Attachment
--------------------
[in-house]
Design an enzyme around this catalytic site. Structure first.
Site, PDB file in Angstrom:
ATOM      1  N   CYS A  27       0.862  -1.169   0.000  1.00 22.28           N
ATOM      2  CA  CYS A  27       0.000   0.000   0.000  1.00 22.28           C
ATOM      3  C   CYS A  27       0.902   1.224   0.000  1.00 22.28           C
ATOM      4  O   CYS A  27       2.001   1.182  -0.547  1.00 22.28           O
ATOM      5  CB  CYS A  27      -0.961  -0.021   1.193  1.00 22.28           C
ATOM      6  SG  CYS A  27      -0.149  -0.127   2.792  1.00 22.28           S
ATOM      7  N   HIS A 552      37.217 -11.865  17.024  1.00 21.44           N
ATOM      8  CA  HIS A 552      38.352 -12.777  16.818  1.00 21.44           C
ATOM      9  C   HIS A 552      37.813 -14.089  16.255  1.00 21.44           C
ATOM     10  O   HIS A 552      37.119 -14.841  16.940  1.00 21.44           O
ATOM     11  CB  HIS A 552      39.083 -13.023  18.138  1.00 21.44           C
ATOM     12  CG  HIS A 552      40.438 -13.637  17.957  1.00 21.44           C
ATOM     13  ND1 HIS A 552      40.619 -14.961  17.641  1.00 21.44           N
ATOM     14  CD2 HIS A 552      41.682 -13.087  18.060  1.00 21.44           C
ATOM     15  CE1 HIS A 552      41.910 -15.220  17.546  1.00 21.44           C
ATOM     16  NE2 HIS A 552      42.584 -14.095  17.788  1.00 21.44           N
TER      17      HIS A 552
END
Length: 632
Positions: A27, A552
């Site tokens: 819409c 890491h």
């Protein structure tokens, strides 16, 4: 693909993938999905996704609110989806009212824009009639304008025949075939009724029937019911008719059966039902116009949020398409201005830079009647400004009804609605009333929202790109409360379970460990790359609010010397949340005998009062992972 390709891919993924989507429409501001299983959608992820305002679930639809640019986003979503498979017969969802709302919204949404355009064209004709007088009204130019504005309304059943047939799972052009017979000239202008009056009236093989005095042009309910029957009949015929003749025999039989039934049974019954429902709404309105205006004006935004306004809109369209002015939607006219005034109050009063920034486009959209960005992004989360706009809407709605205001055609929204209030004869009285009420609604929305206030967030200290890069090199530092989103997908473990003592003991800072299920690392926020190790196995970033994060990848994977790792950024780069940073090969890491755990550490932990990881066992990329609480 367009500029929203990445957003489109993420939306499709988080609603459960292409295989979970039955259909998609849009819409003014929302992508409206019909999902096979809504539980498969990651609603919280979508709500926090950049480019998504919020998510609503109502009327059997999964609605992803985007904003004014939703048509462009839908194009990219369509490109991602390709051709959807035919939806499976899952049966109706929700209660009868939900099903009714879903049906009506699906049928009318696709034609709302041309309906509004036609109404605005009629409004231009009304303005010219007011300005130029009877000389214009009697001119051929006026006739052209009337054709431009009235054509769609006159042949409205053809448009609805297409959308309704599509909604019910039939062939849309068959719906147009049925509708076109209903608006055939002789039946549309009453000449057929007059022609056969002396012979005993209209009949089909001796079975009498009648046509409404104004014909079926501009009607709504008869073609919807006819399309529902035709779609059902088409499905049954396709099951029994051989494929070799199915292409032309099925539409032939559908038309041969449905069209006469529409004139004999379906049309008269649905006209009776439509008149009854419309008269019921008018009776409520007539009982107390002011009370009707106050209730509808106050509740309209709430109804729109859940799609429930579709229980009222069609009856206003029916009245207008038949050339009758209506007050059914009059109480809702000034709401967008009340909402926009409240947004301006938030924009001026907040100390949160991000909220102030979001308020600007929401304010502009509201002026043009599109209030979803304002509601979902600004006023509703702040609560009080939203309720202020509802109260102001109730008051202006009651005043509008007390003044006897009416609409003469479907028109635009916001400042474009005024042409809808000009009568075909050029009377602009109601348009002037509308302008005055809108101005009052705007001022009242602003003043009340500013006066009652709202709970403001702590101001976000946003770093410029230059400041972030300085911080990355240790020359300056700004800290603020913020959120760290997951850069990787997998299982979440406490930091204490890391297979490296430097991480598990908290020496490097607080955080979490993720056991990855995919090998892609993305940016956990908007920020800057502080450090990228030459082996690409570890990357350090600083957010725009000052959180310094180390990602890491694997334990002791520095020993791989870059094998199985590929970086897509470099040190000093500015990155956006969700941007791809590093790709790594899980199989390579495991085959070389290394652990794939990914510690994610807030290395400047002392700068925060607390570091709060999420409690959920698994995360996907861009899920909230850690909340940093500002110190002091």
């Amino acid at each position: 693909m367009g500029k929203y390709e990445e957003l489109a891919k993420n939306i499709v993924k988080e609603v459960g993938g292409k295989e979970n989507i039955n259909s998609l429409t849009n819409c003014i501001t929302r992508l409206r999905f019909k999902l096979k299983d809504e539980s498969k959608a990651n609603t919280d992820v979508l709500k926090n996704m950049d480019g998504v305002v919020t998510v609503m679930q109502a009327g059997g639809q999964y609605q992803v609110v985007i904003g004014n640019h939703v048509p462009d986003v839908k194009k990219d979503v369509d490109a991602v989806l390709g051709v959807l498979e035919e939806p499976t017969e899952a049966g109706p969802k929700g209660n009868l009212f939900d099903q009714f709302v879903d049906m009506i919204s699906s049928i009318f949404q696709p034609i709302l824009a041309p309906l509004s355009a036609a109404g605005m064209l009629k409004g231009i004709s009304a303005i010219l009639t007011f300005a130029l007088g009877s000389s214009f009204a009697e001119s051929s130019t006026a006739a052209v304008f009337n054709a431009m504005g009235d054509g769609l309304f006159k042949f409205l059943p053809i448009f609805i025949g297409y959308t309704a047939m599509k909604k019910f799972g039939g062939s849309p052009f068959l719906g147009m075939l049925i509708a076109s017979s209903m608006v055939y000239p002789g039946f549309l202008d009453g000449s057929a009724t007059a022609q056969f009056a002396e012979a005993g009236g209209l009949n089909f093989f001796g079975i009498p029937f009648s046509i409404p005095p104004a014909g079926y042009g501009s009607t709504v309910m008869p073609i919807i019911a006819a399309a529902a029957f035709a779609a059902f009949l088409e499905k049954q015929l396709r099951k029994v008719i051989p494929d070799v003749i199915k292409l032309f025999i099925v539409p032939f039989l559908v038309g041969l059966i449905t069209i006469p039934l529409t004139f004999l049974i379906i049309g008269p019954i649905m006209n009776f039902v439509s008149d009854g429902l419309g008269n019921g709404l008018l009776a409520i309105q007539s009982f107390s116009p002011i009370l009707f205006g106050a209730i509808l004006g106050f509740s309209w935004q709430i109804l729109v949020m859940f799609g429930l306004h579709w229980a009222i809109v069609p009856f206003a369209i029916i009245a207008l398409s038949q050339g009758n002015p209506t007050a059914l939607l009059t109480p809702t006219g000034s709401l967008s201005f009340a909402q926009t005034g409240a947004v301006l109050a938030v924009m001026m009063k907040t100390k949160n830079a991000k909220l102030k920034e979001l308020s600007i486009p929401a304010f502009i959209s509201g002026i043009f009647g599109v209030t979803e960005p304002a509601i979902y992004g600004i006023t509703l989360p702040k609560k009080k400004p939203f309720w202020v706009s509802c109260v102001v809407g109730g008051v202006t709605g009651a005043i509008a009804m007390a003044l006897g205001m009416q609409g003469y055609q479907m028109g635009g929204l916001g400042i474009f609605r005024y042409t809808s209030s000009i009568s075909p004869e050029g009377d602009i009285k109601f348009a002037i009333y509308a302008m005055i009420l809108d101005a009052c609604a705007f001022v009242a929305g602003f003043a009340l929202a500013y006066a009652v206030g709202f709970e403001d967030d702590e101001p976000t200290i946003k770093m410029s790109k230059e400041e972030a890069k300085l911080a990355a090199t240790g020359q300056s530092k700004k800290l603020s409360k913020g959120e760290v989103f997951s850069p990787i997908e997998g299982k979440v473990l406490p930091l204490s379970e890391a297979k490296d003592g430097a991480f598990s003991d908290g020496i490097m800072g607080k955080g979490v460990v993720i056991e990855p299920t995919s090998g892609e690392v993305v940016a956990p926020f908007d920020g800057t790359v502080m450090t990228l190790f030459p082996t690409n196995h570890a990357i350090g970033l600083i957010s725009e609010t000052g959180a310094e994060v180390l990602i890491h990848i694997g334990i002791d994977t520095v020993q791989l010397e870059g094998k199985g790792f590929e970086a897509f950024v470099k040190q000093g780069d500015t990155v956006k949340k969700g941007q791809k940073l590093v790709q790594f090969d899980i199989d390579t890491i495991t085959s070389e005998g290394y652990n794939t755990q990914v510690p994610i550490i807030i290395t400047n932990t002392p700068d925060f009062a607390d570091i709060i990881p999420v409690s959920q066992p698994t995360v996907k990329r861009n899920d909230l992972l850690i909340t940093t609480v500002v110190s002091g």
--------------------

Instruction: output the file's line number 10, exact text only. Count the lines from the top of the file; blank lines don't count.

ATOM      7  N   HIS A 552      37.217 -11.865  17.024  1.00 21.44           N